Seasonal Aedes Surveillance Technician

Job Opening – Seasonal Aedes Surveillance Technician

Position: Seasonal Aedes Surveillance Technician

Wage: $18.00 per hour

Hours: Monday thru Friday 8:00am – 4:30pm

Benefits: Paid District Holidays

Dates: April/May thru October/November (season length varies)



April 2017 District Report

This month at the District: non-biting midges, funding for invasive mosquito surveillance, and more.

Click here to read the April 2017 District Report.


Surveillance for Hantavirus and Plague
San Bruno Mountain

On March 21, the laboratory staff did an annual rodent survey for hantavirus at San Bruno Mountain County Open Space Preserve and State Park. Out of the 43 rodents collected, 5 were positive for hantavirus for an infection prevalence of 11.6%. Results for plague are still pending. The laboratory will schedule a follow-up survey for hantavirus at San Bruno Mountain in the summer and are on-schedule to complete our annual survey for rodent-borne diseases at Montara Mountain in May.


Invasive Aedes Surveillance Grant

The District has been awarded a grant to assist in surveillance of invasive Aedes mosquito surveillance.  The grant funding comes from the Center for Disease Control and is administered by the nonprofit corporation Public Health Foundation Enterprises on behalf of the California Department of Public Health.  The District plans to use the funds to greatly expand our efforts to detect and control invasive mosquito species.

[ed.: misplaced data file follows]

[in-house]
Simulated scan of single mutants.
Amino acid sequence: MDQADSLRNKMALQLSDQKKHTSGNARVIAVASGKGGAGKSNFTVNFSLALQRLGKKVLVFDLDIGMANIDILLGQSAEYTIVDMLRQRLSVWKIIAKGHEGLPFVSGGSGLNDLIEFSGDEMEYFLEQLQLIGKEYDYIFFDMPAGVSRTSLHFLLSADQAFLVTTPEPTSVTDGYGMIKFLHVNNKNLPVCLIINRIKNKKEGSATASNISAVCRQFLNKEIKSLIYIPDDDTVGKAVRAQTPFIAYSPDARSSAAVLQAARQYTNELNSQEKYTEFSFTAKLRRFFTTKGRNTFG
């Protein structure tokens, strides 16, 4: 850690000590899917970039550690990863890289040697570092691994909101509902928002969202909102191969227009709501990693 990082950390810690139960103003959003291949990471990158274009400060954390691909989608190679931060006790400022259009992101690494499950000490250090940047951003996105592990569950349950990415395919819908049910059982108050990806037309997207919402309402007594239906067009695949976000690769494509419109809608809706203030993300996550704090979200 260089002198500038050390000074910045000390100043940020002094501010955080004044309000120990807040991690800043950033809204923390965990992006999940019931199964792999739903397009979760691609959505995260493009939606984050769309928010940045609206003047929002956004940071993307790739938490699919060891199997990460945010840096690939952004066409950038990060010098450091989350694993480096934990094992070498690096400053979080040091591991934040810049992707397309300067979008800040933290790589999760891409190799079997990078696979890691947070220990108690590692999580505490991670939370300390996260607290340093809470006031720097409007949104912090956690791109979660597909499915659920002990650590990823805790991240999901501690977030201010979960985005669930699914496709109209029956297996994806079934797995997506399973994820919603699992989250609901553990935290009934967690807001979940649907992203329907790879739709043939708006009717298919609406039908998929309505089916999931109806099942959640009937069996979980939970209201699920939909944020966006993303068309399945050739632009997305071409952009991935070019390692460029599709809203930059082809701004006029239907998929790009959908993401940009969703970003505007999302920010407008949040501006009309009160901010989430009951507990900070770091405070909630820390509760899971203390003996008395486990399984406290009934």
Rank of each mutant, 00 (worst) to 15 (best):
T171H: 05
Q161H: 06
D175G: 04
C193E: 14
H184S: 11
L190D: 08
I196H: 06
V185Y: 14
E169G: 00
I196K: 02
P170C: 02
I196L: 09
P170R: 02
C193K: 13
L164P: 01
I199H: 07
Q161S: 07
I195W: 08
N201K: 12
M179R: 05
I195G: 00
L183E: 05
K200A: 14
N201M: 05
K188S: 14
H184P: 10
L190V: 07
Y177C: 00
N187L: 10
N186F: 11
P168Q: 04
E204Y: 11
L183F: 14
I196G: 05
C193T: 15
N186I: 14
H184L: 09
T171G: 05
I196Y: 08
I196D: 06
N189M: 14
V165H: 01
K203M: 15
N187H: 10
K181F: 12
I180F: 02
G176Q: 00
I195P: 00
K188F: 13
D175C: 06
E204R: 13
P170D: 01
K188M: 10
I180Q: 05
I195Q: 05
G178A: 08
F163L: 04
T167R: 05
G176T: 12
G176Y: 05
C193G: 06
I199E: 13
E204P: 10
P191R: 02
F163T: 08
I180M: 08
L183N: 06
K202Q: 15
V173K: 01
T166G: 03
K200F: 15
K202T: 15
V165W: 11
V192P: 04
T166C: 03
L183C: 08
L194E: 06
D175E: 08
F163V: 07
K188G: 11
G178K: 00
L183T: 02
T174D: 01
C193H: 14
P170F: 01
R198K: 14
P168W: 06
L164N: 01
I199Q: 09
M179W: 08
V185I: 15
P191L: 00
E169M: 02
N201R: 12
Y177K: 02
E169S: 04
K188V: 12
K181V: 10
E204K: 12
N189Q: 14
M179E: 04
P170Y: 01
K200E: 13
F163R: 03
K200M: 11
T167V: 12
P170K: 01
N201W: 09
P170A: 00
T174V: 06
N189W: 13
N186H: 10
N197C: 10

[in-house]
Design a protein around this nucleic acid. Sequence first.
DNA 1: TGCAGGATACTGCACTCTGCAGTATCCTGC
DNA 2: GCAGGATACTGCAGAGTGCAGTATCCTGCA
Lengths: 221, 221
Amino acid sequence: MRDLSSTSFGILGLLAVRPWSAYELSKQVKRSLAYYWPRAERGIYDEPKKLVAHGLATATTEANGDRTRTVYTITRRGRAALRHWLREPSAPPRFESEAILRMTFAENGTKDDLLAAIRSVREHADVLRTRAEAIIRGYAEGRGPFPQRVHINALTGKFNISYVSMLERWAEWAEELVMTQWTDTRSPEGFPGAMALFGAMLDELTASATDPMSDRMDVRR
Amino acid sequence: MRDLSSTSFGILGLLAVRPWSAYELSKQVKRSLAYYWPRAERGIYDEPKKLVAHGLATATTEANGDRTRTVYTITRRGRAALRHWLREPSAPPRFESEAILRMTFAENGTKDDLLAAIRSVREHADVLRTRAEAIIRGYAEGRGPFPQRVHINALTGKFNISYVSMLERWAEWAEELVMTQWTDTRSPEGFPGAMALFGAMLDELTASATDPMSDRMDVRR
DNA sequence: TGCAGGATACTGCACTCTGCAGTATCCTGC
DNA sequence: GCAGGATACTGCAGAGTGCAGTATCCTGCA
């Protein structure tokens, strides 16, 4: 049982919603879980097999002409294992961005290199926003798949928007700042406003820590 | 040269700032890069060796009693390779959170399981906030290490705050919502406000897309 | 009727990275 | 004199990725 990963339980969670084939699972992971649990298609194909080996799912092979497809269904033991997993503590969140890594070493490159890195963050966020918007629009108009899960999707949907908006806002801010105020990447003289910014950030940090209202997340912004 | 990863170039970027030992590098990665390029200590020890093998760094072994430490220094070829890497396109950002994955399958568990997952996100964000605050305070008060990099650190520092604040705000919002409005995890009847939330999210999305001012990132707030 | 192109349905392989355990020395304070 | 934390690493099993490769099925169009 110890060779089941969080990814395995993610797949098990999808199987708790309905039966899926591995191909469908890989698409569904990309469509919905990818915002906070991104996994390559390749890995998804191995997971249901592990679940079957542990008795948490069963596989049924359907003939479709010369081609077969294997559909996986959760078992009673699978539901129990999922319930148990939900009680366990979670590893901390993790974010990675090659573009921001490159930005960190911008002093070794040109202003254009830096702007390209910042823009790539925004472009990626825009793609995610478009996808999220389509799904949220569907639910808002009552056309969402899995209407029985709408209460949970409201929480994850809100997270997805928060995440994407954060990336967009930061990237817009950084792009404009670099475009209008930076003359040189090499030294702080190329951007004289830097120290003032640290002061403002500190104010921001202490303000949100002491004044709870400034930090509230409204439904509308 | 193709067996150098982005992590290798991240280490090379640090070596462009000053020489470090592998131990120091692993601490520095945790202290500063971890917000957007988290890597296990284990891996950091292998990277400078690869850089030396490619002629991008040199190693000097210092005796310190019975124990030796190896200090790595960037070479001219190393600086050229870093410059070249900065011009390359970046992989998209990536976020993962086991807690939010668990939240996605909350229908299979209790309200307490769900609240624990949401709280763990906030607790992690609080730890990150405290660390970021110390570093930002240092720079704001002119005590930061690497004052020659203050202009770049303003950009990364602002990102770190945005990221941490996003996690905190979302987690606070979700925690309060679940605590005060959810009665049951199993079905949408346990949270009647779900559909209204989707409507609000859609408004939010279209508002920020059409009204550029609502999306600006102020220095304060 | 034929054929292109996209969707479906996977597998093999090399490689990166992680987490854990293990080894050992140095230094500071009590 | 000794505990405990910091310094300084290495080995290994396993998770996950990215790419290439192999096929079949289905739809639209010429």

Sentinel Chickens
2017 Flocks have arrived!

The 2017 sentinel chickens are situated in their coops for the West Nile Virus season. The three coops are at Woodside, East Palo Alto and San Mateo and contain ten chickens each. Starting May 1, the chickens will be tested every two weeks for the mosquito-borne diseases West Nile Virus, Saint Louis Encephalitis, and Western Equine Encephalitis.

Blog post Tara Roth, Ph.D.

Midges and Mosquitoes: Key Differences

Some of you may have noticed a large number of insects in the air lately. Most of these are midges; harmless creatures that are a natural part of the ecosystem. But what is a midge and why are they here in such large numbers this year?


Invasive Aedes Mosquitoes


Request Service


Board Meeting Agendas


Laboratory Updates